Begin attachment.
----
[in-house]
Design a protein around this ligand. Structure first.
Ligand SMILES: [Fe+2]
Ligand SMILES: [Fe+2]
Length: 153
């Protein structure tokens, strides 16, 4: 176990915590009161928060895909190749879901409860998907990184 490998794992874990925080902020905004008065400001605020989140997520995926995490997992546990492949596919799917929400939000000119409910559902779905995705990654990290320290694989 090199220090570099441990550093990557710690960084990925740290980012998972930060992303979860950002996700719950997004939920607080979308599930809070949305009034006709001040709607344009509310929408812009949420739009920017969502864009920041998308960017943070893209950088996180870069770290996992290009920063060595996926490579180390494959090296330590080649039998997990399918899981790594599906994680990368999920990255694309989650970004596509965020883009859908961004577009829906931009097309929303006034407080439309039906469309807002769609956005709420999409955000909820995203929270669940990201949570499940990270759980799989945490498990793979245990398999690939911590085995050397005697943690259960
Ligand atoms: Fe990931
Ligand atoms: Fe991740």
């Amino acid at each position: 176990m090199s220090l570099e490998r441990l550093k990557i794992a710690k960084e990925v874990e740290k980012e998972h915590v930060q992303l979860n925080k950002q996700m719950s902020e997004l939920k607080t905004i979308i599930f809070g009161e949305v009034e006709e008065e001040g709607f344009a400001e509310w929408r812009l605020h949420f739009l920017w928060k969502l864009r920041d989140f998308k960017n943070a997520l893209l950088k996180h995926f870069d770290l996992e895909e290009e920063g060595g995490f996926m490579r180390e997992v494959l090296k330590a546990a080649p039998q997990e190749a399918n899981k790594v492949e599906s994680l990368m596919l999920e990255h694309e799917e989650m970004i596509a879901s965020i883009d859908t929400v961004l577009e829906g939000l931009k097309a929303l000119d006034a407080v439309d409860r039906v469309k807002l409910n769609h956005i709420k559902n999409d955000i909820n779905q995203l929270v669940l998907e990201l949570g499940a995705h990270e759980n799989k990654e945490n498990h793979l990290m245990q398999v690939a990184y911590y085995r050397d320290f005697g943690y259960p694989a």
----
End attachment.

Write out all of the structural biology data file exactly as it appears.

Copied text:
[in-house]
Design a protein around this ligand. Structure first.
Ligand SMILES: [Fe+2]
Ligand SMILES: [Fe+2]
Length: 153
């Protein structure tokens, strides 16, 4: 176990915590009161928060895909190749879901409860998907990184 490998794992874990925080902020905004008065400001605020989140997520995926995490997992546990492949596919799917929400939000000119409910559902779905995705990654990290320290694989 090199220090570099441990550093990557710690960084990925740290980012998972930060992303979860950002996700719950997004939920607080979308599930809070949305009034006709001040709607344009509310929408812009949420739009920017969502864009920041998308960017943070893209950088996180870069770290996992290009920063060595996926490579180390494959090296330590080649039998997990399918899981790594599906994680990368999920990255694309989650970004596509965020883009859908961004577009829906931009097309929303006034407080439309039906469309807002769609956005709420999409955000909820995203929270669940990201949570499940990270759980799989945490498990793979245990398999690939911590085995050397005697943690259960
Ligand atoms: Fe990931
Ligand atoms: Fe991740």
């Amino acid at each position: 176990m090199s220090l570099e490998r441990l550093k990557i794992a710690k960084e990925v874990e740290k980012e998972h915590v930060q992303l979860n925080k950002q996700m719950s902020e997004l939920k607080t905004i979308i599930f809070g009161e949305v009034e006709e008065e001040g709607f344009a400001e509310w929408r812009l605020h949420f739009l920017w928060k969502l864009r920041d989140f998308k960017n943070a997520l893209l950088k996180h995926f870069d770290l996992e895909e290009e920063g060595g995490f996926m490579r180390e997992v494959l090296k330590a546990a080649p039998q997990e190749a399918n899981k790594v492949e599906s994680l990368m596919l999920e990255h694309e799917e989650m970004i596509a879901s965020i883009d859908t929400v961004l577009e829906g939000l931009k097309a929303l000119d006034a407080v439309d409860r039906v469309k807002l409910n769609h956005i709420k559902n999409d955000i909820n779905q995203l929270v669940l998907e990201l949570g499940a995705h990270e759980n799989k990654e945490n498990h793979l990290m245990q398999v690939a990184y911590y085995r050397d320290f005697g943690y259960p694989a």